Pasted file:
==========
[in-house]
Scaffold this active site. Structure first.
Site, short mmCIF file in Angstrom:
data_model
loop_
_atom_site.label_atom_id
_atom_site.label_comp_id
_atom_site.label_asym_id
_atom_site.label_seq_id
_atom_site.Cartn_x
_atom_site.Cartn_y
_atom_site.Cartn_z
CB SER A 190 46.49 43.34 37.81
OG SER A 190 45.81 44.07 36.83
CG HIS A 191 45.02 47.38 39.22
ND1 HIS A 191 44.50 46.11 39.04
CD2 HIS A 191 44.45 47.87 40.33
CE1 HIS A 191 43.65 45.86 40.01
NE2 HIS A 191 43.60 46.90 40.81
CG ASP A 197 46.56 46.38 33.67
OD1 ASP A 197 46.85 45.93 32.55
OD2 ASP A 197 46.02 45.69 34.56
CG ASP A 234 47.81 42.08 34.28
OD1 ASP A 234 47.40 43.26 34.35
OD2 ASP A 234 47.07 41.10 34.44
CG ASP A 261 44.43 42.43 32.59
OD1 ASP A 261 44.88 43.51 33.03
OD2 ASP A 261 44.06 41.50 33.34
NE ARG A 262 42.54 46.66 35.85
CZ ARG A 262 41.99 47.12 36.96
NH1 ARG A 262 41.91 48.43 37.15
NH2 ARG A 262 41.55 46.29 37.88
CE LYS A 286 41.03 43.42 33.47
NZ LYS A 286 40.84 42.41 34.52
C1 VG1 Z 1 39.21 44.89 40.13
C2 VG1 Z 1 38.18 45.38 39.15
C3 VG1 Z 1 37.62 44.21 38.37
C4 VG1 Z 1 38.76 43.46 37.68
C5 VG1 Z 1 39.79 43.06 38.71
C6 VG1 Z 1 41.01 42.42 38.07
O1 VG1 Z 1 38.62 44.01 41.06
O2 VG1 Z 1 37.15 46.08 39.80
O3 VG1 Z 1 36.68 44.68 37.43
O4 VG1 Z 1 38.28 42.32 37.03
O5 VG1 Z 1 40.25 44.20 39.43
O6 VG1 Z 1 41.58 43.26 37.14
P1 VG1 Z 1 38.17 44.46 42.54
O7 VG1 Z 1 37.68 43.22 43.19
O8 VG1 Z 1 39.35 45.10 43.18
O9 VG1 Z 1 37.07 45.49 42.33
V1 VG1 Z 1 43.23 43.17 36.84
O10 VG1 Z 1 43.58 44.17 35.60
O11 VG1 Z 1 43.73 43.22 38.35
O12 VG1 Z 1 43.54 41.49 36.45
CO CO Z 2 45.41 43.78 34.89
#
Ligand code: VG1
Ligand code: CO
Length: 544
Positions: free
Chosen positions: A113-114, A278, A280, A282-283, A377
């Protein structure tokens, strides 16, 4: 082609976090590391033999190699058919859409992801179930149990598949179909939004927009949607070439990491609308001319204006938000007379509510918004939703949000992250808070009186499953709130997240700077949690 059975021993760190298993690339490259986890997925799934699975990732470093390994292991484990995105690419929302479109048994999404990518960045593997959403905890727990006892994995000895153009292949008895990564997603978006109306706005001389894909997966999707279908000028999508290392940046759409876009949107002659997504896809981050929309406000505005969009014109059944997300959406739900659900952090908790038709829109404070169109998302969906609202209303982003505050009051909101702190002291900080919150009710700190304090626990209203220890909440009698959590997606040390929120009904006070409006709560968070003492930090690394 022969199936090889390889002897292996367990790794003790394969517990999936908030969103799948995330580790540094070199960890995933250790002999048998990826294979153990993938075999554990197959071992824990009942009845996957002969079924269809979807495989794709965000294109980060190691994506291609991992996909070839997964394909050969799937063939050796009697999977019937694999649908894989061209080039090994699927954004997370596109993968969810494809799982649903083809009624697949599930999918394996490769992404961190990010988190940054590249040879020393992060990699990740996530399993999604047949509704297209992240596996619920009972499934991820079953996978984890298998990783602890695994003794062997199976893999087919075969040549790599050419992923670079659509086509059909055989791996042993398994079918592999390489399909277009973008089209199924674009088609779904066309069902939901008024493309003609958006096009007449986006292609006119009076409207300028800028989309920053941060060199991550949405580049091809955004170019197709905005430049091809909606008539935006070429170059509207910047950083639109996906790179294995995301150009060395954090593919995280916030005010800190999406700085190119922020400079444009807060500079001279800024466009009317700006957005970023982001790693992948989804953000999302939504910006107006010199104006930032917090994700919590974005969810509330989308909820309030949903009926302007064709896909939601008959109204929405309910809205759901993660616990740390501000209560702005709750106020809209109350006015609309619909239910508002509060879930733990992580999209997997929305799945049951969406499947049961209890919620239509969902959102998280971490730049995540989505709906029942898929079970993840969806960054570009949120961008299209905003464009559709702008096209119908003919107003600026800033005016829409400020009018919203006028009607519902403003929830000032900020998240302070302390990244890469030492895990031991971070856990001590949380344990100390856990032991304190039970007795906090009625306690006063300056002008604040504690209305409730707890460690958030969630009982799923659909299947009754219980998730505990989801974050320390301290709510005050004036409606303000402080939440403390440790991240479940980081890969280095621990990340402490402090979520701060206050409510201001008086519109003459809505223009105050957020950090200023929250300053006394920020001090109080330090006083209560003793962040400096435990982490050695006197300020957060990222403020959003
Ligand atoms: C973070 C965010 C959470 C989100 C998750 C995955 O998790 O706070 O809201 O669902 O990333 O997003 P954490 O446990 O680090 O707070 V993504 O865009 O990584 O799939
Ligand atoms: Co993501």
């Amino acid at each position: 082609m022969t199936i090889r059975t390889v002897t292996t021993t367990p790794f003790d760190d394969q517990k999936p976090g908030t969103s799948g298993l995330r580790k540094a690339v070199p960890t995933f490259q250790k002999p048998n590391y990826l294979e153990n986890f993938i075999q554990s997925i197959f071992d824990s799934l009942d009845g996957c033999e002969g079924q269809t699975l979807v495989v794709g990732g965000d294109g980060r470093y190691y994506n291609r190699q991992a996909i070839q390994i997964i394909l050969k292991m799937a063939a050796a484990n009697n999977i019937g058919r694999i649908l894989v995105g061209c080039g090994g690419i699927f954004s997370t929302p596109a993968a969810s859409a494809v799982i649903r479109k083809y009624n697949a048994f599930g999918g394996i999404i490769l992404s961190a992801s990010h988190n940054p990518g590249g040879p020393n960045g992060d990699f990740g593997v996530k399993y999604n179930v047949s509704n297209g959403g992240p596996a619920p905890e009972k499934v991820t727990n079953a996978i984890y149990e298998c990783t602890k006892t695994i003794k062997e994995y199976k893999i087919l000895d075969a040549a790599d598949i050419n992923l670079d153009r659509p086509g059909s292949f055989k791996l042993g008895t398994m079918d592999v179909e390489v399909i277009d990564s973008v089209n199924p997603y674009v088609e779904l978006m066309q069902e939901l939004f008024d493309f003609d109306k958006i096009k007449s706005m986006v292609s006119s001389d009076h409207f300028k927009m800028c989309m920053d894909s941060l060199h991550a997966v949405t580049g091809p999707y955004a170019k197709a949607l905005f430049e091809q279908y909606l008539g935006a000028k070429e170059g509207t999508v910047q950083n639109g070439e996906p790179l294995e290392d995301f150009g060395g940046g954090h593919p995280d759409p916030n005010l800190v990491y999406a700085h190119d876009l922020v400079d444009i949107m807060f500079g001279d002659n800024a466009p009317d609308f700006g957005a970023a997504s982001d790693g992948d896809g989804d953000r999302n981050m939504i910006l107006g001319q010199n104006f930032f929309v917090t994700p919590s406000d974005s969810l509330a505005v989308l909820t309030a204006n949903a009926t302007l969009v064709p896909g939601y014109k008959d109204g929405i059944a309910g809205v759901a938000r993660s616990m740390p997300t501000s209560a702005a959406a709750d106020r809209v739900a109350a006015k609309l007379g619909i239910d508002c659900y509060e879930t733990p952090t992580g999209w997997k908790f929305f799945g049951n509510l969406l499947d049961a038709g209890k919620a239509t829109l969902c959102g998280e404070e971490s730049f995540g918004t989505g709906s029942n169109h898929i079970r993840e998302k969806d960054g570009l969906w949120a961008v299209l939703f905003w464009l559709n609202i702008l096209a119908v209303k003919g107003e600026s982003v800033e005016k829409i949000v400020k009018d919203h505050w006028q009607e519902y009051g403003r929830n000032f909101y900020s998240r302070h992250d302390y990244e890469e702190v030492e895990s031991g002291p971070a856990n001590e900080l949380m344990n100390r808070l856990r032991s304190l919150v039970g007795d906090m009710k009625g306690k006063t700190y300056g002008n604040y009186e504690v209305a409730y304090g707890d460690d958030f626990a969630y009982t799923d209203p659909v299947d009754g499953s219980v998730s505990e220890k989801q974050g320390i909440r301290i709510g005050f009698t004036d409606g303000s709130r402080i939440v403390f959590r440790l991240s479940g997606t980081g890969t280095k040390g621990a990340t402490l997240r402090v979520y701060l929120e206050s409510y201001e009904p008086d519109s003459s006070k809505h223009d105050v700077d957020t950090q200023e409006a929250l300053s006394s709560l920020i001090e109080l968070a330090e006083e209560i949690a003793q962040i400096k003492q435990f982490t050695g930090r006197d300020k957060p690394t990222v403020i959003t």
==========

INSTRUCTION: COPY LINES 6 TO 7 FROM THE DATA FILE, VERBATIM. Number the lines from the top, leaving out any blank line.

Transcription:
_atom_site.label_atom_id
_atom_site.label_comp_id